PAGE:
Table of Contents
Diagnostic and Therapeutic Endoscopy
Volume 1, Issue 2, Pages 117-119

Laparoscopic Surgical Staging of Stage I Primary Squamous Cell Carcinoma of the Vagina

1Division of Gynecologic Oncology, Department of Obstetrics and Gynecology, University of Arizona, Tucson 85724, AZ, USA
22625 North Craycroft, Suite 201, Tucson 85712, AZ, USA

Received 27 December 1993; Accepted 21 February 1994

Copyright © 1994 Hindawi Publishing Corporation. This is an open access article distributed under the Creative Commons Attribution License, which permits unrestricted use, distribution, and reproduction in any medium, provided the original work is properly cited.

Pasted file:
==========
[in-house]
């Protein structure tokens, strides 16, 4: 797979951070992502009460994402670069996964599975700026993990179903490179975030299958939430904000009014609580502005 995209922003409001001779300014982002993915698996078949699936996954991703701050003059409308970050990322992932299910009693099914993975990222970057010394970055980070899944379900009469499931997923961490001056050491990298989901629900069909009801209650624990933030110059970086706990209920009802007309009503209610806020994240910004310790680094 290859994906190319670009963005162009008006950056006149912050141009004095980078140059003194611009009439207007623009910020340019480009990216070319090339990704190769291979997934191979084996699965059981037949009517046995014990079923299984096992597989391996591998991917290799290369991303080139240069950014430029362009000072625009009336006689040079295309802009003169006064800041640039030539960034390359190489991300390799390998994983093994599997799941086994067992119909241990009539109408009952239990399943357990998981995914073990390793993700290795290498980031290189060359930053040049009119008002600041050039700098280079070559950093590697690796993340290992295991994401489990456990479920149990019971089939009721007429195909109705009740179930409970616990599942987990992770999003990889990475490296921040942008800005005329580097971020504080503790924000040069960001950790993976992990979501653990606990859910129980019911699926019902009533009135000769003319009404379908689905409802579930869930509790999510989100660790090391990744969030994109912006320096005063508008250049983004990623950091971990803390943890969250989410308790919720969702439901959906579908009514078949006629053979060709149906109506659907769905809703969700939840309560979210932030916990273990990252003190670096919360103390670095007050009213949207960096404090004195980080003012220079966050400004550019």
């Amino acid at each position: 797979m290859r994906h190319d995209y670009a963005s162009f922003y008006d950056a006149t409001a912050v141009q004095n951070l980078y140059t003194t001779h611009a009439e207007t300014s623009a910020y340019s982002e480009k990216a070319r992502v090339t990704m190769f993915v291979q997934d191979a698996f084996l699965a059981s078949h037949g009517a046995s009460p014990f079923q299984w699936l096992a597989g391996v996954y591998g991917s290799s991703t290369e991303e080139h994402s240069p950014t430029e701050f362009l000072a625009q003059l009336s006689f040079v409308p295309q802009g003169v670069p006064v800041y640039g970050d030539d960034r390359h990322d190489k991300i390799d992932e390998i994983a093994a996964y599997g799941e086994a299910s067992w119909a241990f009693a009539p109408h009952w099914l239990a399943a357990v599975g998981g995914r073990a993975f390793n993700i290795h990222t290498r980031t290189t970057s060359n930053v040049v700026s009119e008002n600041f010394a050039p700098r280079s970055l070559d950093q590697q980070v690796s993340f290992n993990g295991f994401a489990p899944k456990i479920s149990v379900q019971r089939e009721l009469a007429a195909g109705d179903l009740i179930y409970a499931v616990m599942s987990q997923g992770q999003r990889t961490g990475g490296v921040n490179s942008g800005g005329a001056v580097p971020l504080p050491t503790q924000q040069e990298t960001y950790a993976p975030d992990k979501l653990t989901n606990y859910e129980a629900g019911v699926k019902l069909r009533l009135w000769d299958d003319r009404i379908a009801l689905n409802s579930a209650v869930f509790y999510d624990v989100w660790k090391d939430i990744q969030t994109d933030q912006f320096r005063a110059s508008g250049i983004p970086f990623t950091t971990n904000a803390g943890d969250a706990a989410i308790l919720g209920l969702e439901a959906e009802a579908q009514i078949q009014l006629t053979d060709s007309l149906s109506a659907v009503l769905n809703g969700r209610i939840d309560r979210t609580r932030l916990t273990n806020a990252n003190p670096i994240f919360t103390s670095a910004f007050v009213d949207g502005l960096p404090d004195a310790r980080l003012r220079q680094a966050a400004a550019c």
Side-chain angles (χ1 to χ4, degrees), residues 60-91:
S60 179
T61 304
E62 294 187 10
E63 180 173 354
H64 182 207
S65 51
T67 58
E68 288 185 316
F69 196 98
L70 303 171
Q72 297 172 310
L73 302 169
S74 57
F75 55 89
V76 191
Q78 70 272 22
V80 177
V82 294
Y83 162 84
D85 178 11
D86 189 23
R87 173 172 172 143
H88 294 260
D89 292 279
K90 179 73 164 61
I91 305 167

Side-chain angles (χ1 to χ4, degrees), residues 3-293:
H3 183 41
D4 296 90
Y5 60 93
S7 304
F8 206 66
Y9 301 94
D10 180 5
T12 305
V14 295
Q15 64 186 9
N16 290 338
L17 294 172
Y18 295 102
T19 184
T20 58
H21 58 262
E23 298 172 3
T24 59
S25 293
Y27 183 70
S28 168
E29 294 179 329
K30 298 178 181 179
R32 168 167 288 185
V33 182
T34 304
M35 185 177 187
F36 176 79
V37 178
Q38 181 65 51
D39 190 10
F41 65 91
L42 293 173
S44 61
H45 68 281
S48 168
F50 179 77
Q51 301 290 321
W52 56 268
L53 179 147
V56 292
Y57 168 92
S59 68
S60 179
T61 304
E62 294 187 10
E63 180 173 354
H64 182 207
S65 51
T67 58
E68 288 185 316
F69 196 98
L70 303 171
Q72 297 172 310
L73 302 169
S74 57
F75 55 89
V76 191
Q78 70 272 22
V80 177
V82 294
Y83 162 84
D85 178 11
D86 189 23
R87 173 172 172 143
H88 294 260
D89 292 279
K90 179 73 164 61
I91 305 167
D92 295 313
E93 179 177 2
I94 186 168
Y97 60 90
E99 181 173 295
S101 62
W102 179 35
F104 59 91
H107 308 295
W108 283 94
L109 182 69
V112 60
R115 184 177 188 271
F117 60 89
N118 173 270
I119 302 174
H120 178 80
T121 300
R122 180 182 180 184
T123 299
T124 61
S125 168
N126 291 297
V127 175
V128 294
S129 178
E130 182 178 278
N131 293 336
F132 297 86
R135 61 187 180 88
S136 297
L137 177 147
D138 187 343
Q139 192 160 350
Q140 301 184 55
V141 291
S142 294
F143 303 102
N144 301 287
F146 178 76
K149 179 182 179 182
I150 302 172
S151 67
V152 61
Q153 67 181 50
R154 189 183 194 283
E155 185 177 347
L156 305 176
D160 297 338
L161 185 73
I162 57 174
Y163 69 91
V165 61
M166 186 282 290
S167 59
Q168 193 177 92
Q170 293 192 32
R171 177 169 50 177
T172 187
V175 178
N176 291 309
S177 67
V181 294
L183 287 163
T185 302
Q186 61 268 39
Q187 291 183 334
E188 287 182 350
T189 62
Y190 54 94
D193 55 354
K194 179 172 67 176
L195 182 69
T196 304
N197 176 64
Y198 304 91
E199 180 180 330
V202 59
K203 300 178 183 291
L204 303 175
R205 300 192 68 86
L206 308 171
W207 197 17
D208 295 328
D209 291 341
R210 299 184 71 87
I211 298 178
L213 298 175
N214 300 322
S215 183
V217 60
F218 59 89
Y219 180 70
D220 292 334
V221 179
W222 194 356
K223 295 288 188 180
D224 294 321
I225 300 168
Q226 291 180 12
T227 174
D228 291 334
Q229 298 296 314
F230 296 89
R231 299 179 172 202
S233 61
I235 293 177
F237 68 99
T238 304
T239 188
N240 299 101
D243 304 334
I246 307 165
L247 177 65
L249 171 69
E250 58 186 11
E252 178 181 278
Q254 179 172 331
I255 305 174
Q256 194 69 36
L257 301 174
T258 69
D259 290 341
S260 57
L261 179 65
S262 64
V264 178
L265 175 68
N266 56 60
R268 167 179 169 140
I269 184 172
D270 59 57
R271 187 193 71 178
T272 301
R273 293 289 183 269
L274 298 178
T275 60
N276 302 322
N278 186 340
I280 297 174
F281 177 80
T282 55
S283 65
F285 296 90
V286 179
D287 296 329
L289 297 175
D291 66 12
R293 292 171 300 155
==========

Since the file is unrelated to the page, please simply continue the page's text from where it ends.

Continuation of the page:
Vaginal carcinoma is an uncommon malignancy and one of the few gynecologic malignancies that is still clinically staged. Clinical staging, which can be difficult in some instances, is potentially inaccurate, as it has been shown to be in early endometrial and ovarian carcinoma. In addition, clinical staging can result in over- or undertreatment of the disease. The lack of standardization of treatment further compounds the issue, particularly for patients with small-volume disease. We report three patients with grade 2 or 3 small-volume primary squamous cell carcinoma of the vagina who underwent pelvic lymph node sampling for staging purposes. Each patient had lesions small enough to be considered for brachytherapy only. An average of 12 lymph nodes were removed with an average operative time of 72 minutes. All procedures were performed on an outpatient basis, and there were no intraoperative or postoperative complications. In one patient, teletherapy was added to the brachytherapy because a microscopic focus of squamous cell carcinoma was discovered in an obturator lymph node. Our initial experience indicates that laparoscopic sampling of lymph nodes in patients with early vaginal carcinoma may be helpful in preventing undertreatment of these women. Individualization of treatment can be accomplished quickly and safely on an outpatient basis, and initiation of treatment is not delayed. We believe further evaluation of laparoscopic staging of primary vaginal carcinoma is indicated.